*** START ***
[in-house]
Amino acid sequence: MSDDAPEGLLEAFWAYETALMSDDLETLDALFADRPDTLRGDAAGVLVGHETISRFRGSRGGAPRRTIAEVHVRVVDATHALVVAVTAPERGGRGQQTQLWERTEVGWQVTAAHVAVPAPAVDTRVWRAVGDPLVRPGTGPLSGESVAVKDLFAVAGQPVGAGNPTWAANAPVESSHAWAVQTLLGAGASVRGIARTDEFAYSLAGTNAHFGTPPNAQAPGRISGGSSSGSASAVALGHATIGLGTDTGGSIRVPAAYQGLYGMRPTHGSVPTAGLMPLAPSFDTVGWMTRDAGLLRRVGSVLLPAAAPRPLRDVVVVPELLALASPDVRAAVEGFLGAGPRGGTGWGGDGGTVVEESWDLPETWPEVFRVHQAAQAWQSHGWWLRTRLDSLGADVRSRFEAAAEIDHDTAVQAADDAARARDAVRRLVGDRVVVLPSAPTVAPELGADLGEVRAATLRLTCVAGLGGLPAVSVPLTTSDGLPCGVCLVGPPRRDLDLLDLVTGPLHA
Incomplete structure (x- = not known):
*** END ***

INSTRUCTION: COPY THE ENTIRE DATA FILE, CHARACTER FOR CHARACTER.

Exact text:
[in-house]
Amino acid sequence: MSDDAPEGLLEAFWAYETALMSDDLETLDALFADRPDTLRGDAAGVLVGHETISRFRGSRGGAPRRTIAEVHVRVVDATHALVVAVTAPERGGRGQQTQLWERTEVGWQVTAAHVAVPAPAVDTRVWRAVGDPLVRPGTGPLSGESVAVKDLFAVAGQPVGAGNPTWAANAPVESSHAWAVQTLLGAGASVRGIARTDEFAYSLAGTNAHFGTPPNAQAPGRISGGSSSGSASAVALGHATIGLGTDTGGSIRVPAAYQGLYGMRPTHGSVPTAGLMPLAPSFDTVGWMTRDAGLLRRVGSVLLPAAAPRPLRDVVVVPELLALASPDVRAAVEGFLGAGPRGGTGWGGDGGTVVEESWDLPETWPEVFRVHQAAQAWQSHGWWLRTRLDSLGADVRSRFEAAAEIDHDTAVQAADDAARARDAVRRLVGDRVVVLPSAPTVAPELGADLGEVRAATLRLTCVAGLGGLPAVSVPLTTSDGLPCGVCLVGPPRRDLDLLDLVTGPLHA
Incomplete structure (x- = not known):